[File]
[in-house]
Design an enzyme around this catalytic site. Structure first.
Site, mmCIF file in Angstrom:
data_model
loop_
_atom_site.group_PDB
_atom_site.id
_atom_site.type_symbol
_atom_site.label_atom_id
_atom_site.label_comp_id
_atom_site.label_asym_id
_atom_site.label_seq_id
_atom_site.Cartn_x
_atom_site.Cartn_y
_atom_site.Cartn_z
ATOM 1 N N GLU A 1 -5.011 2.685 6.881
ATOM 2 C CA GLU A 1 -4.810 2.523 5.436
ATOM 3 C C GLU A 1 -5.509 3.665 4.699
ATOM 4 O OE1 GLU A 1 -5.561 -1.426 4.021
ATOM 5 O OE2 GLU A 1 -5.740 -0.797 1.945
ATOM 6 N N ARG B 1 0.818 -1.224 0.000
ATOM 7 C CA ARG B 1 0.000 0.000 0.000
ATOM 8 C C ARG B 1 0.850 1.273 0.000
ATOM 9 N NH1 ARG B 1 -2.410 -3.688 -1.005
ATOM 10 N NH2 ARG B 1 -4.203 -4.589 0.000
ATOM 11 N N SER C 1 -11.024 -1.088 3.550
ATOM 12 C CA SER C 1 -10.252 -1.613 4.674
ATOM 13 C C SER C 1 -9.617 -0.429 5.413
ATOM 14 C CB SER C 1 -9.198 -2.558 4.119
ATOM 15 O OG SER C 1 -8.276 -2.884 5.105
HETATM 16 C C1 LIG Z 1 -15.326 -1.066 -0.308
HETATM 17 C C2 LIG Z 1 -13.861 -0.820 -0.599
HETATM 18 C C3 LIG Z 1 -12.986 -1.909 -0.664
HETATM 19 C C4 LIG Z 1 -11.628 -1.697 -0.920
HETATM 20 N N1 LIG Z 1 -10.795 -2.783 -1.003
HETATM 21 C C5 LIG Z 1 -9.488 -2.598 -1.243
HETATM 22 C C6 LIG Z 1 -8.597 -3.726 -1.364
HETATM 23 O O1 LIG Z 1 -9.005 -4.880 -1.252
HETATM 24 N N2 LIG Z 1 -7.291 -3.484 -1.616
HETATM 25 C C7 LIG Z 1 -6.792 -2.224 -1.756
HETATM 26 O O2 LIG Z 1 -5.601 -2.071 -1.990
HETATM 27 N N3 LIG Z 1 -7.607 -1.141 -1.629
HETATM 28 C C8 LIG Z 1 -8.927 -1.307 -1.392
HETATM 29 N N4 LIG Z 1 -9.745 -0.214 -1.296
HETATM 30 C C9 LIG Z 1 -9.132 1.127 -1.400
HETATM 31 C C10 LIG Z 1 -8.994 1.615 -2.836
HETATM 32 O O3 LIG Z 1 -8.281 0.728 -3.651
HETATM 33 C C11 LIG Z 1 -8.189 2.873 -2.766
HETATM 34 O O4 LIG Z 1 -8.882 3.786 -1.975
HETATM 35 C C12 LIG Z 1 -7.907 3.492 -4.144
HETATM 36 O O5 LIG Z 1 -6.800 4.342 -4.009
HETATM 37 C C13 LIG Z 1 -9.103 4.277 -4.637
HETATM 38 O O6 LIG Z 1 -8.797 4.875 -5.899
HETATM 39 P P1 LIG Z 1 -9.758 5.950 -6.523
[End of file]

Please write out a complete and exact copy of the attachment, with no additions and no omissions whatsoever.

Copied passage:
[in-house]
Design an enzyme around this catalytic site. Structure first.
Site, mmCIF file in Angstrom:
data_model
loop_
_atom_site.group_PDB
_atom_site.id
_atom_site.type_symbol
_atom_site.label_atom_id
_atom_site.label_comp_id
_atom_site.label_asym_id
_atom_site.label_seq_id
_atom_site.Cartn_x
_atom_site.Cartn_y
_atom_site.Cartn_z
ATOM 1 N N GLU A 1 -5.011 2.685 6.881
ATOM 2 C CA GLU A 1 -4.810 2.523 5.436
ATOM 3 C C GLU A 1 -5.509 3.665 4.699
ATOM 4 O OE1 GLU A 1 -5.561 -1.426 4.021
ATOM 5 O OE2 GLU A 1 -5.740 -0.797 1.945
ATOM 6 N N ARG B 1 0.818 -1.224 0.000
ATOM 7 C CA ARG B 1 0.000 0.000 0.000
ATOM 8 C C ARG B 1 0.850 1.273 0.000
ATOM 9 N NH1 ARG B 1 -2.410 -3.688 -1.005
ATOM 10 N NH2 ARG B 1 -4.203 -4.589 0.000
ATOM 11 N N SER C 1 -11.024 -1.088 3.550
ATOM 12 C CA SER C 1 -10.252 -1.613 4.674
ATOM 13 C C SER C 1 -9.617 -0.429 5.413
ATOM 14 C CB SER C 1 -9.198 -2.558 4.119
ATOM 15 O OG SER C 1 -8.276 -2.884 5.105
HETATM 16 C C1 LIG Z 1 -15.326 -1.066 -0.308
HETATM 17 C C2 LIG Z 1 -13.861 -0.820 -0.599
HETATM 18 C C3 LIG Z 1 -12.986 -1.909 -0.664
HETATM 19 C C4 LIG Z 1 -11.628 -1.697 -0.920
HETATM 20 N N1 LIG Z 1 -10.795 -2.783 -1.003
HETATM 21 C C5 LIG Z 1 -9.488 -2.598 -1.243
HETATM 22 C C6 LIG Z 1 -8.597 -3.726 -1.364
HETATM 23 O O1 LIG Z 1 -9.005 -4.880 -1.252
HETATM 24 N N2 LIG Z 1 -7.291 -3.484 -1.616
HETATM 25 C C7 LIG Z 1 -6.792 -2.224 -1.756
HETATM 26 O O2 LIG Z 1 -5.601 -2.071 -1.990
HETATM 27 N N3 LIG Z 1 -7.607 -1.141 -1.629
HETATM 28 C C8 LIG Z 1 -8.927 -1.307 -1.392
HETATM 29 N N4 LIG Z 1 -9.745 -0.214 -1.296
HETATM 30 C C9 LIG Z 1 -9.132 1.127 -1.400
HETATM 31 C C10 LIG Z 1 -8.994 1.615 -2.836
HETATM 32 O O3 LIG Z 1 -8.281 0.728 -3.651
HETATM 33 C C11 LIG Z 1 -8.189 2.873 -2.766
HETATM 34 O O4 LIG Z 1 -8.882 3.786 -1.975
HETATM 35 C C12 LIG Z 1 -7.907 3.492 -4.144
HETATM 36 O O5 LIG Z 1 -6.800 4.342 -4.009
HETATM 37 C C13 LIG Z 1 -9.103 4.277 -4.637
HETATM 38 O O6 LIG Z 1 -8.797 4.875 -5.899
HETATM 39 P P1 LIG Z 1 -9.758 5.950 -6.523